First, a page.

To keep pace with today’s hypercompetitive retail landscape, the leaders of Zappos.com have taken bold steps to evolve their e-commerce strategy to better serve the changing consumer.
“Our new strategy is anchored on experiences versus transactional relationships with our customers,” explained COO Arun Rajan.
He explained that previously, the Zappos site was optimized for looking for a specific item, either directed through Google or its own search tool. “We want to continue to be available to that customer, but what we’re finding is a new type of customer who wants to engage with us. That transformation from the pure search to this experiential journey is what we’re calling ‘best customers’ experience.’”
As part of that approach, the company has built hyperverticals within the Zappos site that cater to specific audiences and provide opportunities for discovery and direction.
Jeff Espersen, GM and head of merchandising, said, “We have this great website that has a lot of stuff on it, so we want to curate these assortments to mean something to the consumer,” he said.
In 2017, for instance, Zappos launched The_Ones, a platform for female sneaker enthusiasts, and that same year, it debuted the latest version of The Style Room. Karrie Mieklereid, lead buyer for The Style Room, said: “[We wanted to] create an immersive experience for our fashion customer that curates not only brands but trends and makes that experience easier for them.”
Other hyperverticals on the website are focused on the running category, kids’ market and adaptive fashion, a new but fast-growing business for Zappos.
To take its personalized approach a step further, the company is now reworking its high-end division (currently dubbed Zappos Luxury) and expects to relaunch the channel in August under the name Versional.
Rajan describes the new merchandising structure as a pyramid, with the most directional sites at the top. “Versional keeps Zappos on-trend, and then that trend trickles down to our Style Room on Zappos, which is a broader base but maybe not the earliest adopter of that fashion trend,” he explained, adding that the core Zappos site sits at the bottom of the pyramid, serving more of a family audience.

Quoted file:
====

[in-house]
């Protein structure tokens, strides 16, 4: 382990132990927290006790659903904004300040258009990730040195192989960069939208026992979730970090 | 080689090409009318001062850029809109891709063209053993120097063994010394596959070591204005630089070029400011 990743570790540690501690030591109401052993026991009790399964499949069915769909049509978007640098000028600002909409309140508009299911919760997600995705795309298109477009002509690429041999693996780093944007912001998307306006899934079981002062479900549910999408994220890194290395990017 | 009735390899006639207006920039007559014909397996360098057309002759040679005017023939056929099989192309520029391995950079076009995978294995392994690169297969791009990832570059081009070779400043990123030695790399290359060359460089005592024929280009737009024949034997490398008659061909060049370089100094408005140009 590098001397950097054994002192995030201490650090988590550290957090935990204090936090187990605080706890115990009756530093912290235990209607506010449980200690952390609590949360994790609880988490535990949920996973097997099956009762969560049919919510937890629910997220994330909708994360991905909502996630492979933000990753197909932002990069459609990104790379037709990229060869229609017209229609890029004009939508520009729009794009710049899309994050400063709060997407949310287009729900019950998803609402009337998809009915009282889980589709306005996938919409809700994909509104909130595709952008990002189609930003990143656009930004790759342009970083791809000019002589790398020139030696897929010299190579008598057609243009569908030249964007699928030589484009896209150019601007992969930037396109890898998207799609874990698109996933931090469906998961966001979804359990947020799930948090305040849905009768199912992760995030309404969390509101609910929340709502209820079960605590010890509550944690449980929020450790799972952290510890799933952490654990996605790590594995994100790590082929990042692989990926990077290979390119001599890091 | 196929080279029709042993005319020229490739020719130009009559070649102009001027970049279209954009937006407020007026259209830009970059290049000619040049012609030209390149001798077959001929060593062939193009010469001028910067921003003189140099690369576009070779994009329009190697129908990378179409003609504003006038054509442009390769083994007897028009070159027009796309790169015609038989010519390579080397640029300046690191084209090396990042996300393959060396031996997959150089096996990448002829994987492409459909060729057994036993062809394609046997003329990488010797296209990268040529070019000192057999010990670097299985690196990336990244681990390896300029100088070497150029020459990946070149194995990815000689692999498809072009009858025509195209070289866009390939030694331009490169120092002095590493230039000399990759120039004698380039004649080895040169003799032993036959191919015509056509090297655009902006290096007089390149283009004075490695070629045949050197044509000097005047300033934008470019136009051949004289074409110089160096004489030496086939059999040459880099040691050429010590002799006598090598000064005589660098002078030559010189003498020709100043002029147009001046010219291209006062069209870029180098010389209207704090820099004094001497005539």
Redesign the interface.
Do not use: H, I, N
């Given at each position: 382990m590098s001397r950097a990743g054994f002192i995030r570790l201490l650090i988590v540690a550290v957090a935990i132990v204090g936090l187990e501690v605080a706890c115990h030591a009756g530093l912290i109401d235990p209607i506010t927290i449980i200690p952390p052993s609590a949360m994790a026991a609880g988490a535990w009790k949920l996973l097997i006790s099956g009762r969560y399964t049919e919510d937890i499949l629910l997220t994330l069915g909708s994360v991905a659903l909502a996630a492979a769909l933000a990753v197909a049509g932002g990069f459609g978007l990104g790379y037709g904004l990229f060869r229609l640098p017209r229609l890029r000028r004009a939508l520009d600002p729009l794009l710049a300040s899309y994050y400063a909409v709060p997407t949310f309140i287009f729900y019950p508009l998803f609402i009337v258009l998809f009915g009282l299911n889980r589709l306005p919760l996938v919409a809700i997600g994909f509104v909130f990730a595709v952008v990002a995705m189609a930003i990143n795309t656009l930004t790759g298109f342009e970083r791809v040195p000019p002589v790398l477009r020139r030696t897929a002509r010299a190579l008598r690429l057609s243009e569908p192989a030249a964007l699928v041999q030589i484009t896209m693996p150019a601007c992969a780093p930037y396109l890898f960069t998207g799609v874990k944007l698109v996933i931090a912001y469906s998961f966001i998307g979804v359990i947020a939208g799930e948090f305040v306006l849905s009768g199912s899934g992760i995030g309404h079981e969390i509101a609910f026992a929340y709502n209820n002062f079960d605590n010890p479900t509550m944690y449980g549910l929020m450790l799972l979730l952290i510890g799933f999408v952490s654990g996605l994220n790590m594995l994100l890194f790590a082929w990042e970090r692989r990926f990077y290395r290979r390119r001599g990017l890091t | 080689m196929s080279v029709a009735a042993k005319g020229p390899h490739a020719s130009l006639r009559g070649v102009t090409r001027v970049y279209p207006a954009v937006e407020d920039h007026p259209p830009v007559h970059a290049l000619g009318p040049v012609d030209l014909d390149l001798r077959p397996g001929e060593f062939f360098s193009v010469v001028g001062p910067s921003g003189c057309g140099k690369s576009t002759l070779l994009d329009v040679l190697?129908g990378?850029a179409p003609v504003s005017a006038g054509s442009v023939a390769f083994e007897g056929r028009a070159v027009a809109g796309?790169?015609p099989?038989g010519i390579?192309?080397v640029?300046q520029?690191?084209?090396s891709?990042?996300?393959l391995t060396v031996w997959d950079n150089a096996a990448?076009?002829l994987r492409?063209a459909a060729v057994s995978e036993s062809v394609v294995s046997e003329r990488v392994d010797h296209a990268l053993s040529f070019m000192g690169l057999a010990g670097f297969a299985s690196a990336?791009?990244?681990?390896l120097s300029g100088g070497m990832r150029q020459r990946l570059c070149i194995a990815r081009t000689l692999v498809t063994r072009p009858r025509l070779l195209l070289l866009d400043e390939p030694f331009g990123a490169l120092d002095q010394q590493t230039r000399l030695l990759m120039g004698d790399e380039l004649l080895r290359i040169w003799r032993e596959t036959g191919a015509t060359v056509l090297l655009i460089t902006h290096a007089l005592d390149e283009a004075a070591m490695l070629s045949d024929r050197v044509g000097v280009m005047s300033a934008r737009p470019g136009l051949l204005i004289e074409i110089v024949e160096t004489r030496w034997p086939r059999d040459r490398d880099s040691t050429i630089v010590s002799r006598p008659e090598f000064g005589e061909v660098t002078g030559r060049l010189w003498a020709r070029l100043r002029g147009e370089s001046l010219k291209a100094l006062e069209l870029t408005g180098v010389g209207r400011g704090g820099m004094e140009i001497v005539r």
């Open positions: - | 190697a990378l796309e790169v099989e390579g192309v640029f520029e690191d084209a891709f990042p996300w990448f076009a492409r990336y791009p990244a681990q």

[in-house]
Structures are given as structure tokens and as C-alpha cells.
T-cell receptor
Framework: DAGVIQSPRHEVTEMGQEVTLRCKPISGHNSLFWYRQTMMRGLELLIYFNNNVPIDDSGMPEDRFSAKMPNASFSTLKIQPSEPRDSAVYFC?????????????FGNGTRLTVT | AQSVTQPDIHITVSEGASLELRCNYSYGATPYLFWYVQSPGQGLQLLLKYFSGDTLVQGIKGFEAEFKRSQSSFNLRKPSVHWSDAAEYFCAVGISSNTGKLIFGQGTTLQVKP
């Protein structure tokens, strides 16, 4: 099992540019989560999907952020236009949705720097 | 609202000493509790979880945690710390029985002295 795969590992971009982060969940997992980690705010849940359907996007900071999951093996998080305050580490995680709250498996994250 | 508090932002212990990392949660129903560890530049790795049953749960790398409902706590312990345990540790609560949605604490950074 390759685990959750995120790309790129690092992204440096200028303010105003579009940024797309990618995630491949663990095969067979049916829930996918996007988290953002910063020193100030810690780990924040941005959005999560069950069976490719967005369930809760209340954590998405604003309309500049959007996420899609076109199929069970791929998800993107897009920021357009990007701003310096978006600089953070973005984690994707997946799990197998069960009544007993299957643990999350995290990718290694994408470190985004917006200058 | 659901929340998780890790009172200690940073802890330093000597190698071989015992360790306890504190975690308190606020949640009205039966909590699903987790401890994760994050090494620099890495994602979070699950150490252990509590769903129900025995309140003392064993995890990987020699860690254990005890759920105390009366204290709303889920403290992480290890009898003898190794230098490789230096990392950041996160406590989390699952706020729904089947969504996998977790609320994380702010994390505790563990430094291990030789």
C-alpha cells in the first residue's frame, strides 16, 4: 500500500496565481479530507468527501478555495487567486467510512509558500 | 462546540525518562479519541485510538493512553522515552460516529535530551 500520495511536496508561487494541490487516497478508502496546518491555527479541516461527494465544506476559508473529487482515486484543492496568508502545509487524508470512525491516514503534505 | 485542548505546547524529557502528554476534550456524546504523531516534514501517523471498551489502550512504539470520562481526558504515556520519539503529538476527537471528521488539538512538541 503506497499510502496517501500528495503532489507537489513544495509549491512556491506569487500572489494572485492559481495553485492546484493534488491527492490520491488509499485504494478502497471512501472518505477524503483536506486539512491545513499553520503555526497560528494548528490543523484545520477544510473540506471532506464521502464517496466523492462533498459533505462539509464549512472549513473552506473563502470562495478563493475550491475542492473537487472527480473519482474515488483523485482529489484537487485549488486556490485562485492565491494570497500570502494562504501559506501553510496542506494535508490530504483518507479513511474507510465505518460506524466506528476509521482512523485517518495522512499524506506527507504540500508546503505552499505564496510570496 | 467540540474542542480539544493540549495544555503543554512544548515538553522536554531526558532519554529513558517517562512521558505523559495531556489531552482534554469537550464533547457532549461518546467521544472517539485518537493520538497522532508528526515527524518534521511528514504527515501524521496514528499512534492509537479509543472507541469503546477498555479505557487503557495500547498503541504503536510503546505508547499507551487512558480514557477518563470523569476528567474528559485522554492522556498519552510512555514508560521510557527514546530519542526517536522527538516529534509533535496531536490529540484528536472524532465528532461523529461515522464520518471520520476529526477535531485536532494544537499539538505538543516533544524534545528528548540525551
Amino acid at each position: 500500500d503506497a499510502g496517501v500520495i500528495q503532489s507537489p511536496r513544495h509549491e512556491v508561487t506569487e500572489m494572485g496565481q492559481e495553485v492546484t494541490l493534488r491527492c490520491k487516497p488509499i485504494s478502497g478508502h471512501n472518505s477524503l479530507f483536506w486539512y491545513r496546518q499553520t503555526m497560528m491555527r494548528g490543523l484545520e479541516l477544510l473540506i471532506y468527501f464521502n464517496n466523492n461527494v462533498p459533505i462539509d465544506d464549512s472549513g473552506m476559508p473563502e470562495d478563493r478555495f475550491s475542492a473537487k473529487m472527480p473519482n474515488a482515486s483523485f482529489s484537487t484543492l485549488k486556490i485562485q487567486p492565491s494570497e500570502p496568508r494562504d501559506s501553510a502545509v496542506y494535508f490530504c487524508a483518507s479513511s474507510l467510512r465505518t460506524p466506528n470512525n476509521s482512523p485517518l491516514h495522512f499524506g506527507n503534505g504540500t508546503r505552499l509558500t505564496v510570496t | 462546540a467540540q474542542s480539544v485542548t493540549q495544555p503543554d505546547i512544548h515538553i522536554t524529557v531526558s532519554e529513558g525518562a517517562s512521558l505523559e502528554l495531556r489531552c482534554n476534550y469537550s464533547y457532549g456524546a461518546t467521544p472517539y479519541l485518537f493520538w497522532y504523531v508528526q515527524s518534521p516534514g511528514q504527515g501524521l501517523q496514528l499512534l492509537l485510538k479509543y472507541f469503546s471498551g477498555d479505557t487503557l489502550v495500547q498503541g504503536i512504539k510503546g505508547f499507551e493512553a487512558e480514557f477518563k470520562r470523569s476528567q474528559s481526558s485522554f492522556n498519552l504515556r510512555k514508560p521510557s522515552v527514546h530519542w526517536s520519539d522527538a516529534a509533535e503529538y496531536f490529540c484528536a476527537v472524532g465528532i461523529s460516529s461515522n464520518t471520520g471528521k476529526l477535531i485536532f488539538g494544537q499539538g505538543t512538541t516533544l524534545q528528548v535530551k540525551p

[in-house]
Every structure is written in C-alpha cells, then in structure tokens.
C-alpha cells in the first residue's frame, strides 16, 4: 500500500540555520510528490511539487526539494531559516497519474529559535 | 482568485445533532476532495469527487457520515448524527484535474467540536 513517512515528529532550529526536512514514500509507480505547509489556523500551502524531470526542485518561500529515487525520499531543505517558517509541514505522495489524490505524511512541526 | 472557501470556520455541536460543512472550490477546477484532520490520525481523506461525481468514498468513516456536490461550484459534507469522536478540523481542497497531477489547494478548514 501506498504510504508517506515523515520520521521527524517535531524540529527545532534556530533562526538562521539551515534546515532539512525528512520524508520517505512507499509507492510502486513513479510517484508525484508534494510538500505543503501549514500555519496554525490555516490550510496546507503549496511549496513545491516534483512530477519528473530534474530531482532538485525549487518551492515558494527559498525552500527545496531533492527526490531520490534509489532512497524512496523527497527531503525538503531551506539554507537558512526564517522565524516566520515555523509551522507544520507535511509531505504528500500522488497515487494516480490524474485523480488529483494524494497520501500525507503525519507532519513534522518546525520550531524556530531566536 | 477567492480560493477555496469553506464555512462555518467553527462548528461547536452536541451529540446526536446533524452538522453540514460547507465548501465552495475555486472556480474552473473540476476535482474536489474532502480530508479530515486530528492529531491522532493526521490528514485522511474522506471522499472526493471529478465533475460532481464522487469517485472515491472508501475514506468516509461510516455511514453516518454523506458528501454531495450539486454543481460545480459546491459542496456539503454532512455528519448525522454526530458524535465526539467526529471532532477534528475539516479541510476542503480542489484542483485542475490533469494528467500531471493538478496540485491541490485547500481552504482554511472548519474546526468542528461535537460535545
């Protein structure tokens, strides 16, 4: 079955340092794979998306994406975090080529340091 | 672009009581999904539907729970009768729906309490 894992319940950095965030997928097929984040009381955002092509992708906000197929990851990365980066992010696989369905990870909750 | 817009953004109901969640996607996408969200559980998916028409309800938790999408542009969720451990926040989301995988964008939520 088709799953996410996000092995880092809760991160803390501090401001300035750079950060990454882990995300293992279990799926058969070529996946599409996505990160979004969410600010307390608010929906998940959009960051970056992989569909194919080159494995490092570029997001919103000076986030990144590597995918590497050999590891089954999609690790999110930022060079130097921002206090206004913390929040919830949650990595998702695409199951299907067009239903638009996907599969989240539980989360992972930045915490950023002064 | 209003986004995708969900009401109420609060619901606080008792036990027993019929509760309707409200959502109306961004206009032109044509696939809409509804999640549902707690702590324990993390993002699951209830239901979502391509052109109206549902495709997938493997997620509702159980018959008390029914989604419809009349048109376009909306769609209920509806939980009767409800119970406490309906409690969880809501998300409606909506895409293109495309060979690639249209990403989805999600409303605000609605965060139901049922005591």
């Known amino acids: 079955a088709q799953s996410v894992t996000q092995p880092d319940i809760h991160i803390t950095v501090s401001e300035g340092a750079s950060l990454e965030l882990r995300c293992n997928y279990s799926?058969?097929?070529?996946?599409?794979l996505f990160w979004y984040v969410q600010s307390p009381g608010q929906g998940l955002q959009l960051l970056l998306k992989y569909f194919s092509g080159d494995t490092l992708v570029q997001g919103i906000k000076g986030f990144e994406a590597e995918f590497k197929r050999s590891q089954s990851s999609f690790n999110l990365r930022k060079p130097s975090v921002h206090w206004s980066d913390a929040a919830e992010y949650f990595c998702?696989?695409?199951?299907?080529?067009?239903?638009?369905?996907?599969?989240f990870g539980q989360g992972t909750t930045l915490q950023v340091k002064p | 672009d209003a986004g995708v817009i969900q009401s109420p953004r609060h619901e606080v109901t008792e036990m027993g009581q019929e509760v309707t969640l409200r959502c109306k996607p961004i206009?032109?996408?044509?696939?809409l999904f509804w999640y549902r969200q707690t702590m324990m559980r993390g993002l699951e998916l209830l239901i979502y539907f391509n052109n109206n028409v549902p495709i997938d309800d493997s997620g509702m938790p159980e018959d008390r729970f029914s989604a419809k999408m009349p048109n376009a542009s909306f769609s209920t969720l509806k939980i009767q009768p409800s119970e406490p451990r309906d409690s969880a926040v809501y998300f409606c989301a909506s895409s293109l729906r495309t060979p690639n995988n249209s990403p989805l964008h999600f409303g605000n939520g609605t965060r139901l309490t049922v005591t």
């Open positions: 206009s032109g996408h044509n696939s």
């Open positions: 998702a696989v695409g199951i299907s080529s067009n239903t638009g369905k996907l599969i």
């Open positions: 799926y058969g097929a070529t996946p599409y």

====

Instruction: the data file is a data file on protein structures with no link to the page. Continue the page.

“This is how a lot of our brand partners segment the market, so we want to have channels that can map their segmentation of the market,” Rajan explained.
Executives pointed out that experiential retail has numerous benefits.
For The Style Room, for instance, Mieklereid reported that the company has seen an increased conversion rate and a higher average order value.
The verticals and channels also are an opportunity to connect on a deeper level with today’s consumer, according to Espersen.
“It means something to the customer to figure out: What does Zappos stand for, or what does the brand they’re buying stand for?” said Espersen. “They care about what’s happening in the world today, [and] not only environmentally. So how do we intertwine our culture with our consumer and our brands that we sell on the site?”
He pointed to Zappos’ extensive charity initiatives as one topic it could discuss more with shoppers. “We do a lot of really cool things, and a lot of times, we don’t tell people outside of Vegas,” he said. “There is a lot of opportunity to tell our story to the country and to the world at this point.”
Espersen also aims to develop more stories around unique product on the site. While Zappos has long stocked special makeups and shoe exclusives, it hasn’t dabbled heavily in collaborations — until this year.
He said a St. Patrick’s Day Brooks collab with a specially designed box sold out quickly, so similar launches are on the way. “We want to do more collaborations with our brands around differentiated product. These drive customer interest and traffic, especially for the younger audience,” said Espersen.
To strengthen its storytelling capabilities, Zappos has opened an office in Los Angeles that it is characterizing as a creation studio. The team there is tasked with developing content across multiple platforms, but with a particular focus on engaging consumers on social media.
“We put in a dedicated social team in L.A., and the reason they are based there is because that’s the audience [we want to reach],” said Kedar Deshpande, VP of technology and quantitative marketing.
The goal, according to the company, is to stay top of mind with the consumer and to be a helpful resource — in keeping with the company’s focus on customer service.
“We want to add value to customers’ lives, not just show our ad,” said Rajan. “We could just show ads on TV, but that doesn’t align with who we are. It’s about: How do we serve our customers? How do we give them a better experience?”
Watch: Top shoe players share advice for their younger selves:
Surviving the Apocalypse: 4 Critical Questions Retailers Should Ask Themselves Right Now
How These New Tech Tools Are Helping Retailers Create Richer Experiences
New Survey Finds Sustainability, Ethical Practices Weigh Heavily in Retail Purchasing Decisions